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Old August 18, 2012, 05:07 AM   #1
Mac Sidewinder
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Posts: 69
Copper Plated Pressures

I use Berry's Plated bullets and I know they are loaded between lead and jacketed powder wise. My question is: Can I use the speed obtained compared to a jacketed of the same weight and type to estimate how much I should adjust the powder charge? For example:

Berry 124gr HBRN (TP) 9mm
Bullseye 3.8gr
OAL - 1.150
950fps (measured on my chrono)

Compared to Speer manual #14
124gr Jacketed 9mm
Bullseye 3.9gr
OAL - 1.120
966fps

Will these two loads have close to the same pressure developed? Berry's thick plated bullets can be pushed to 1450fps (according to their web site). The Speer manual max load is 4.4gr @ 1059fps. Can I use my chrono and match this speed by upping my charge and still feel safe doing to pressure wise? I know to look for over pressure signs on the fired cases, but I have heard that 9mm pressures spike very rapidly.

The reason behind asking is that I would like to load some test rounds, increasing by .1gr for each set starting at 3.8gr (3.8, 3.9, 4.0, etc) and clock them with my chrono and see which sets I get better groups with. I just want to make sure that I stay on the safe side of the pressure scale.

So back to my original question: Is is safe to use the speed as an indication of pressure when comparing thick plated to jacketed loads?

Mac
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Old August 18, 2012, 07:27 AM   #2
joshf128
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Personally, I wouldn't push too close to the FMJ max powder charge with the plated bullets. I would stick within the lead guidelines. Someone posted pictures of the thickness difference between the plated and FMJ and it was shocking how thin the plating is. They might look like jacketed, but they are much closer to lead.

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Old August 18, 2012, 07:40 AM   #3
Nathan
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In my opinion, for 2 loads of the same powder, same weight bullet, that should be close.

Although, they say lead and plated are the better data match.

IMO, what you show is probably slightly lower pressure in the plated round.

I think Accurate has some data for all 3 which you could study and draw your own conclusions.

Of course, look for pressure signs on the chrono, target, cases and primers. As charges increase, 90% of my calibers start pretty accurate, then about mid range accuracy goes south. Then at max and/or slightly over max accuracy and good chrono numbers return. Slightly hotter than that, groups open up, guns jam and the chrono numbers get bigger for SD. . .oh yea and primers look smacked with a textured hammer.

This all happens before case splitting, gun blowing up or shooting the rifling out of your barrel!

That said, know your powder. If you are shooting a super fast powder, don't mess with max/over max loads. Sometimes .1 gr will cause HUGE spikes in pressure.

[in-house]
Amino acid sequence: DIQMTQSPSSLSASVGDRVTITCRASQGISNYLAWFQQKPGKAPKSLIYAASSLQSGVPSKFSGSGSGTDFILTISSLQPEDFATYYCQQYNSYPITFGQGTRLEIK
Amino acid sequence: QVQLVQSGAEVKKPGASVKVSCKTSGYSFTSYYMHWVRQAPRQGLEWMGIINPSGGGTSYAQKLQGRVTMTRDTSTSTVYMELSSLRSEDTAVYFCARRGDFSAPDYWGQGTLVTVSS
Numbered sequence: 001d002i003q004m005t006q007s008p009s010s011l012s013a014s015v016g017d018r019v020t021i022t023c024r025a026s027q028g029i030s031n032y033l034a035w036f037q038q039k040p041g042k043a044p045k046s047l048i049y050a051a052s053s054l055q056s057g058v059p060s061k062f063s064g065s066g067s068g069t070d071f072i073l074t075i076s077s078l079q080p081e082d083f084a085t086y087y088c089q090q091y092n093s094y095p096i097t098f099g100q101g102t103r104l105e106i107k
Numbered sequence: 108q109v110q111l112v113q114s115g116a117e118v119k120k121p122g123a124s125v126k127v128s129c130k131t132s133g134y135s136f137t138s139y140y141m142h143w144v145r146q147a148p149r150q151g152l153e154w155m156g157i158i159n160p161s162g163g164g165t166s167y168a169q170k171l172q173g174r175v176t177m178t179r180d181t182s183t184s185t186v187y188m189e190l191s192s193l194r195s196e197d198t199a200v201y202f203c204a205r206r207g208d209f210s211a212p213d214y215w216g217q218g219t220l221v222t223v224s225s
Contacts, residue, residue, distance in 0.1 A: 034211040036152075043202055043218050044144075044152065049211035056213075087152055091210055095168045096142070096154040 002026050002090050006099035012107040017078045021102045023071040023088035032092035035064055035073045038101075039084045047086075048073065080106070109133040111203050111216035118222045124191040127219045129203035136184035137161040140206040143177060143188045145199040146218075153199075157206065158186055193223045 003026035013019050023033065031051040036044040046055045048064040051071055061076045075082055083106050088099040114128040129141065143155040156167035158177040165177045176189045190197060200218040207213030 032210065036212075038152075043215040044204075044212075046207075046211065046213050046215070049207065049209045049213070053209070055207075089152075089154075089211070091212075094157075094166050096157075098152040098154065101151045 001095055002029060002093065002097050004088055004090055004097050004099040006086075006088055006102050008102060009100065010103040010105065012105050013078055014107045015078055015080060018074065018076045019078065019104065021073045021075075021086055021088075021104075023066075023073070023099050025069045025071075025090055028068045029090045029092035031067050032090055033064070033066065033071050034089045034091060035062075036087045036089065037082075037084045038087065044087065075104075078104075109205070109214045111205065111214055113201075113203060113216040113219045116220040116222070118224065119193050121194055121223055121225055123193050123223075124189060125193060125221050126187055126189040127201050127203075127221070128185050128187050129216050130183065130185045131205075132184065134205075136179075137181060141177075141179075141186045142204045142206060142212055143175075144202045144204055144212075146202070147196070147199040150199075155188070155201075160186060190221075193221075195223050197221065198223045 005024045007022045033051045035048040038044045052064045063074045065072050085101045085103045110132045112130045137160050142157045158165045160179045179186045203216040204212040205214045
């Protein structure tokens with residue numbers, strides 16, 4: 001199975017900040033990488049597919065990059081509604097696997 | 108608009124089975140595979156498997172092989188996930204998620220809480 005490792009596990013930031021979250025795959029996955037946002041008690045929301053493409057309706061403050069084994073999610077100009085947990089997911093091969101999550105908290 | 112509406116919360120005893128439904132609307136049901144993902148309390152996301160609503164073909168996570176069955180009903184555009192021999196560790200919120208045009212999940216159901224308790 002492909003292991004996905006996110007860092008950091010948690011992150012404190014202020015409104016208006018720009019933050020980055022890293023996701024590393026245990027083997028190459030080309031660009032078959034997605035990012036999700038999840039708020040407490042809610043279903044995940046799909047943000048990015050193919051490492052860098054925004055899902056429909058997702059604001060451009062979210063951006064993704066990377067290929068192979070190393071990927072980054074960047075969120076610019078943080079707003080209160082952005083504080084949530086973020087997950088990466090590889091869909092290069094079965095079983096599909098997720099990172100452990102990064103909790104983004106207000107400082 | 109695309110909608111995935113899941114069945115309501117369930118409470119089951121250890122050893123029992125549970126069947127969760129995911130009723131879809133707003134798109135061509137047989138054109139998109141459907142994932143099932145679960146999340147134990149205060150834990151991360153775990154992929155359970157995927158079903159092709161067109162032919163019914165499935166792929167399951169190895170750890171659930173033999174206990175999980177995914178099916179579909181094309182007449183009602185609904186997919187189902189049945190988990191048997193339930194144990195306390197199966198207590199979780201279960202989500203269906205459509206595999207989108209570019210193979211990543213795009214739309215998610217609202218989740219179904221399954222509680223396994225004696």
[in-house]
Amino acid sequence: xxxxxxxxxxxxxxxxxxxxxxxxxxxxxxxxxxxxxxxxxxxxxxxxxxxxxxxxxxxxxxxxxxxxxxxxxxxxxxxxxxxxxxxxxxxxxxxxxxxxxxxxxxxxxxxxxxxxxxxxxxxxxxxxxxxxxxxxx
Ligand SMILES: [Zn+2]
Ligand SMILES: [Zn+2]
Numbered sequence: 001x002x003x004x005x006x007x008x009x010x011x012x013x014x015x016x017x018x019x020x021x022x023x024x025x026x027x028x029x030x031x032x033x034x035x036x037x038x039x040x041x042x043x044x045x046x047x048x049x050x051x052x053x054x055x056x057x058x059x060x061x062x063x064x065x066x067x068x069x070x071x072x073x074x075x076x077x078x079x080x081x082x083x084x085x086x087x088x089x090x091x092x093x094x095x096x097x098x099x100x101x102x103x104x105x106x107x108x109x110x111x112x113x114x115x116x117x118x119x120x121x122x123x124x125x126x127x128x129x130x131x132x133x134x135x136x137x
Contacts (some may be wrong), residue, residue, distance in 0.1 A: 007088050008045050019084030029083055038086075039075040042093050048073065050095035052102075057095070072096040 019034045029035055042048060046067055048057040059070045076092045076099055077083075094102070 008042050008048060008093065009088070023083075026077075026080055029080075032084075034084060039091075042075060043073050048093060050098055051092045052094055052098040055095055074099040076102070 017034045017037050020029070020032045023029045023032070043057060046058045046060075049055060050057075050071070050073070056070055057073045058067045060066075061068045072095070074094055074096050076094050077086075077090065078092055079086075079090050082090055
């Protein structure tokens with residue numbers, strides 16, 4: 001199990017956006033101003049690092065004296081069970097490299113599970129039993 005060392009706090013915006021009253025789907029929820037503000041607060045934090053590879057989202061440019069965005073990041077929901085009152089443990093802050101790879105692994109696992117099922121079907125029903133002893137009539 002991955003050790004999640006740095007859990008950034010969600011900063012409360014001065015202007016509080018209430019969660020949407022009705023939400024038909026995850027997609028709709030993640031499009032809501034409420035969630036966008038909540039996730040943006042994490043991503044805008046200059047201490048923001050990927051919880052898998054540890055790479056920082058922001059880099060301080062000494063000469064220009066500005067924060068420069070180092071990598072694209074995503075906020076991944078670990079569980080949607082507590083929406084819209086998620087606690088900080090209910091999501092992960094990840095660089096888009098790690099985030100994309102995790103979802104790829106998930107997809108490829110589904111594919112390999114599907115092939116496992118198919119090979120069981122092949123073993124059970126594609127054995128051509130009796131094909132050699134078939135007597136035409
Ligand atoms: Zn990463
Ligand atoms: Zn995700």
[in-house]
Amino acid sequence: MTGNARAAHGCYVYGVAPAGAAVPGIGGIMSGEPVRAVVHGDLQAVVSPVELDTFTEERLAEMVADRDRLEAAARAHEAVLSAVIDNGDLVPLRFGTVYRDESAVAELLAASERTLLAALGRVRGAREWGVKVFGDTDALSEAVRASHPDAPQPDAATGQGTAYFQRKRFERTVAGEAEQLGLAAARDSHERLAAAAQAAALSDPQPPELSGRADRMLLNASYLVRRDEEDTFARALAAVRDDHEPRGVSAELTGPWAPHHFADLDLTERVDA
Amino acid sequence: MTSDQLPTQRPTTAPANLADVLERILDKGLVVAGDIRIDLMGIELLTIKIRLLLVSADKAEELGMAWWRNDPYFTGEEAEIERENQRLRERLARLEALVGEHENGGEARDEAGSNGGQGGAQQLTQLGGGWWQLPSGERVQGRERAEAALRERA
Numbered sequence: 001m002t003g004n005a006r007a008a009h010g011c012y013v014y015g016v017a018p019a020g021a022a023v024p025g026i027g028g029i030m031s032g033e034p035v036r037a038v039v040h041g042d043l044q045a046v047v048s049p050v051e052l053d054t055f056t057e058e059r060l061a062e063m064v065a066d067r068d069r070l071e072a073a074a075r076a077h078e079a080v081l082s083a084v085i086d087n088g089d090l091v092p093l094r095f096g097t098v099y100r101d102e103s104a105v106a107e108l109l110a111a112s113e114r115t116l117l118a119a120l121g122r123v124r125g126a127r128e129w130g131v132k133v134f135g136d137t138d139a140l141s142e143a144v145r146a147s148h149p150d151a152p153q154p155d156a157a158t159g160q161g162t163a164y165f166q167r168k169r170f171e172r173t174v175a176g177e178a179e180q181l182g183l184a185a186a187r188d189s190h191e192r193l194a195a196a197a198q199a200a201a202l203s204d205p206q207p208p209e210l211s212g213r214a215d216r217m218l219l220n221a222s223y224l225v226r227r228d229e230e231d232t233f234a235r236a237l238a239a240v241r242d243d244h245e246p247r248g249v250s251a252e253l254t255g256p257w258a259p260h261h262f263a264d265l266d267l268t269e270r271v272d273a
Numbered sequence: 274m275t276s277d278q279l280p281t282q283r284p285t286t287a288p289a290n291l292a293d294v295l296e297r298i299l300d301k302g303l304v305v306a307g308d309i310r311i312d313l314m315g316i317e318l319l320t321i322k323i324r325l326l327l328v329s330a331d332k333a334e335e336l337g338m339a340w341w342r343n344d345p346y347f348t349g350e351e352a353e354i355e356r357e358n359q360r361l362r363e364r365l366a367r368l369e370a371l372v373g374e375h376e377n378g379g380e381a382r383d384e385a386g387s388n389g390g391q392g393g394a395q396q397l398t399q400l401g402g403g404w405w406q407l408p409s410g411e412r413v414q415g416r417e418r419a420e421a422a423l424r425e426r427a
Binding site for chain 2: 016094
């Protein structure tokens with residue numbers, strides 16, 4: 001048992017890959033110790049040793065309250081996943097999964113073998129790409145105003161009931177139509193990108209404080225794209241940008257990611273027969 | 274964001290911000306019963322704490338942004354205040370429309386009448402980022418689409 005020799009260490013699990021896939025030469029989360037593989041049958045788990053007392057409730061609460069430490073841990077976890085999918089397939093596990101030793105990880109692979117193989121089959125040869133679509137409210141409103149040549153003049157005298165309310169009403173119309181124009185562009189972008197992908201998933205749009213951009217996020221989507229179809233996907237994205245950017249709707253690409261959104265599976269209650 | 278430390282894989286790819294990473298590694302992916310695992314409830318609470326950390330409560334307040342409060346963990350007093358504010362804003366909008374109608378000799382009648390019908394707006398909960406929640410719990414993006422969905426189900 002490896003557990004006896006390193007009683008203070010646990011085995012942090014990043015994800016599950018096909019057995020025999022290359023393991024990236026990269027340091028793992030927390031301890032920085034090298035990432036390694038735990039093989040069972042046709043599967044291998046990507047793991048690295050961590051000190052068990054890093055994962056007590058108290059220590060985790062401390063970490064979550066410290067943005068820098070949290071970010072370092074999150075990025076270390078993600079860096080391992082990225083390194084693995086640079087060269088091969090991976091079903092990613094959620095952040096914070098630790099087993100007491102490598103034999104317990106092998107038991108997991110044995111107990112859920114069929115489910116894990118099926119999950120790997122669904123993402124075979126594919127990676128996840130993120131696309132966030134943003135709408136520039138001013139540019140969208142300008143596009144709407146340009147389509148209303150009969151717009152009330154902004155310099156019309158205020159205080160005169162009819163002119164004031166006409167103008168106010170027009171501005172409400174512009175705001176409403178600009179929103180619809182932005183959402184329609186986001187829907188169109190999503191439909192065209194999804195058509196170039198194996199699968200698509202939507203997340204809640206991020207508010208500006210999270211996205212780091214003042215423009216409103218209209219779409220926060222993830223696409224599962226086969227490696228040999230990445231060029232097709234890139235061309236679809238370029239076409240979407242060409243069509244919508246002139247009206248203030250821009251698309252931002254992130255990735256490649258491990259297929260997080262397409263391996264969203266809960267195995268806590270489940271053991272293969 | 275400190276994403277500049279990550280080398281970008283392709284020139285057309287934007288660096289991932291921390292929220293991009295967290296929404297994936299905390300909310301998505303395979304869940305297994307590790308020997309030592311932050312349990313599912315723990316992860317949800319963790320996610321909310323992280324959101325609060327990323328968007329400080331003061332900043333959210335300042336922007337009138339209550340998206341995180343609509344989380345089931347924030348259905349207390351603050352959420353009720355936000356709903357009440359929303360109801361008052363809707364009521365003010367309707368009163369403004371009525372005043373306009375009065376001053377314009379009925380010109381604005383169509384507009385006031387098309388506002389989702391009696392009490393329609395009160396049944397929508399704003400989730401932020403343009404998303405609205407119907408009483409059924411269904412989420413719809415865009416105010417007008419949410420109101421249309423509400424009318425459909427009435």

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Old August 18, 2012, 09:29 AM   #4
Brian Pfleuger
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It takes less pressure to engrave a plated bullet into the rifling than it does a jacketed bullet. According to QuickLoad, about 1,500psi less. Lower starting pressure means lower peak pressure, about 3,000psi lower using 124gr bullets and Power Pistol in 9mm.

So, working your load up to the max listed in official data is entirely safe.

HOWEVER, "velocity chasing" is not safe. You can't just assume that because the book got 966fps you can too, so you just keep increasing the charge until you get there. Obviously these loads are no where near max, but you get the idea.

In your specific example, I wouldn't see the slightest problem with adding 0.1gr more powder.

Using Ranier bullets at 1.120, QuickLoad thinks 3.8gr Bullseye would give you 959fps at 18,902psi while 3.9gr would give you 980fps at 19,919psi. Obviously far below both max speed for the bullets and max pressure for 9mm.
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Old August 18, 2012, 10:57 AM   #5
dunerjeff
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I've shot thousands of Berrys and quite a few Rainier bullets. I use jacketed data and except for the lighter bullets, I go up to 90% full load(many have been 100%). As long as the velocities are under 1200ish I don't worry about the plating comeing apart. You do have to use common sense on working up the load and watching for any sort of hint of issues as the charge goes up of course.I also watch my paper targets for extra holes that would be a sign of the plating seperating,over-crimping is the most detrimental to the plating than velocity.
Acually in .357Sig, some of mine are getting up in the 1300-1350fps area with no "issues", so they are plenty safe at the 1000fps that you are looking at.
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Old August 18, 2012, 04:40 PM   #6
Mac Sidewinder
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The biggest reason I was asking was that it's hard to find any load data on copper plated. Berry's new 124gr HBRNTP (hollow base round nose thick plated) bullets can (according to their website) be pushed to 1450fps now instead of only 1200. I wasn't trying to get them this fast, I only wanted to increase powder and see if my groups tighten by comparing the speed increase to plated data.

I wasn't planning on going over max plated data but was wondering since these bullets supposedly have a thicker plating if I could approach max jacketed data safely.

I bought the new Lee load manual and it has copper plated load data but now in bullseye powder. But it is refreshing to see someone try to include plated bullets in their load manuals.

Mac
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